The re-coatings are estimated to be completed by the beginning of July 2019, the Pentagon announced on March 15.
The maintenance work will be done at Hill Air Force Base in Utah; facilities in Palmdale, California; the new F-22 Inlet Coating Repair Speedline facility in Marietta, Georgia; and Fort Worth, Texas, where Lockheed produces its uber-expensive F-35s.
After former President Barack Obama’s administration ceased F-22 procurement with approval from Congress in 2009, the F-22 plant in Marietta, Georgia, closed down, according to the Congressional Research Service. "Its tools and equipment" were "placed in storage," according to the brief.
After F-22 procurement ended, Congress stipulated a few rules regarding how the active-service F-22s must be treated. First, the Senate prohibited "funds from being used to approve or license the sale of the F-22 to other countries." Second, the Obama administration authorized a Congressional proposal to devote $140 million for research and development on the F-22’s Increment 3.2B software upgrade.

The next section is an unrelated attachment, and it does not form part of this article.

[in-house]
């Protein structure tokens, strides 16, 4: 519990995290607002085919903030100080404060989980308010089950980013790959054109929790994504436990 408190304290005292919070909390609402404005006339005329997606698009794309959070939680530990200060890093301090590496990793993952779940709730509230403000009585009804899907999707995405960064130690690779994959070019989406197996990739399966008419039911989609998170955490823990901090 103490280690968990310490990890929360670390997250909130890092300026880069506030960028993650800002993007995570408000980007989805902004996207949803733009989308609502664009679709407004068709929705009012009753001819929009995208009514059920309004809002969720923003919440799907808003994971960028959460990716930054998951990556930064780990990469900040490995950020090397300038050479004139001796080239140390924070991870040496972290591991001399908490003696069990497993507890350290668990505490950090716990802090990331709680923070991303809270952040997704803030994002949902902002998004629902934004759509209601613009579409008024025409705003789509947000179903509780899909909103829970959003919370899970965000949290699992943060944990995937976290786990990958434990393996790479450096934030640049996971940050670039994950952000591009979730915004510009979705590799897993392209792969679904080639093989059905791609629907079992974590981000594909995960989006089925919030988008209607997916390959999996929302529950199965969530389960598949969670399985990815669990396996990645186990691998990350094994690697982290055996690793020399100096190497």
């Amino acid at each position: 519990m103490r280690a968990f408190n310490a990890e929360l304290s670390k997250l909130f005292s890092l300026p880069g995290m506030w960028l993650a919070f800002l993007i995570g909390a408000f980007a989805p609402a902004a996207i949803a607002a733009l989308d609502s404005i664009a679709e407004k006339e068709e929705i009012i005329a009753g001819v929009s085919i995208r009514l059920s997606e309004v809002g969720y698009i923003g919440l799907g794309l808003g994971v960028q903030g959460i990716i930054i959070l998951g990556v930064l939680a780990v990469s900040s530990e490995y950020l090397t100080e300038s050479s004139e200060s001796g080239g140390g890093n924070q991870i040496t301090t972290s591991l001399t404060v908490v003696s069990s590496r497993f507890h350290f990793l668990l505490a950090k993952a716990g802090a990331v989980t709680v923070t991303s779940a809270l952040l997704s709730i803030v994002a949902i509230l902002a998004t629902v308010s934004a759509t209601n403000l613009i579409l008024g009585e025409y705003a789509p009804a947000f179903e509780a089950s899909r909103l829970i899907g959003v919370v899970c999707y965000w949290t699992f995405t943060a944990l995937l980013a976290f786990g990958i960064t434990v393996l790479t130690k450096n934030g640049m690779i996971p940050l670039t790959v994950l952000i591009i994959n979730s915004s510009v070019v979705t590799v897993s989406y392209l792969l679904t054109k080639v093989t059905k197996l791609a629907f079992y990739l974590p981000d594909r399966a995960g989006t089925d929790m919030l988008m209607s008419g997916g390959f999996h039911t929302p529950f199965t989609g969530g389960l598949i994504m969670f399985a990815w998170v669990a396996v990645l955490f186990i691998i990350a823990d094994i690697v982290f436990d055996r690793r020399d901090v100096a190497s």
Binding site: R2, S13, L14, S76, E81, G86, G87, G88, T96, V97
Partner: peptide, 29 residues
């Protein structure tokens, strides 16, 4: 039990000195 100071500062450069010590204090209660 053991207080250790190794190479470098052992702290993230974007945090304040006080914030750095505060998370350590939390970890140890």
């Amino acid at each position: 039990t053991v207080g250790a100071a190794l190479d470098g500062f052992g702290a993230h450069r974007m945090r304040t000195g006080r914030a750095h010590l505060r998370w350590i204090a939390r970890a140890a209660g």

Like virtually every Pentagon program, the tax dollars funneled to the "research and development" fraction software upgrade in 2013 were insufficient. Unclassified documents showed that the software upgrade for the F-22s would add up to $613 million, Sputnik reported.
Considering the mammoth $1.5 trillion lifetime cost of the F-35, which theoretically could wipe out all of America’s $1.3 trillion worth of student debt tomorrow with $200 billion leftover, the $66 billion dedicated to the F-22 program looks like peanuts. The F-35 program seems to be an even bigger drain on precious tax dollars in the wake of commentary from military analysts who say that the F-22 or even the F-16 could take out the F-35 joint strike fighter in a dog fight.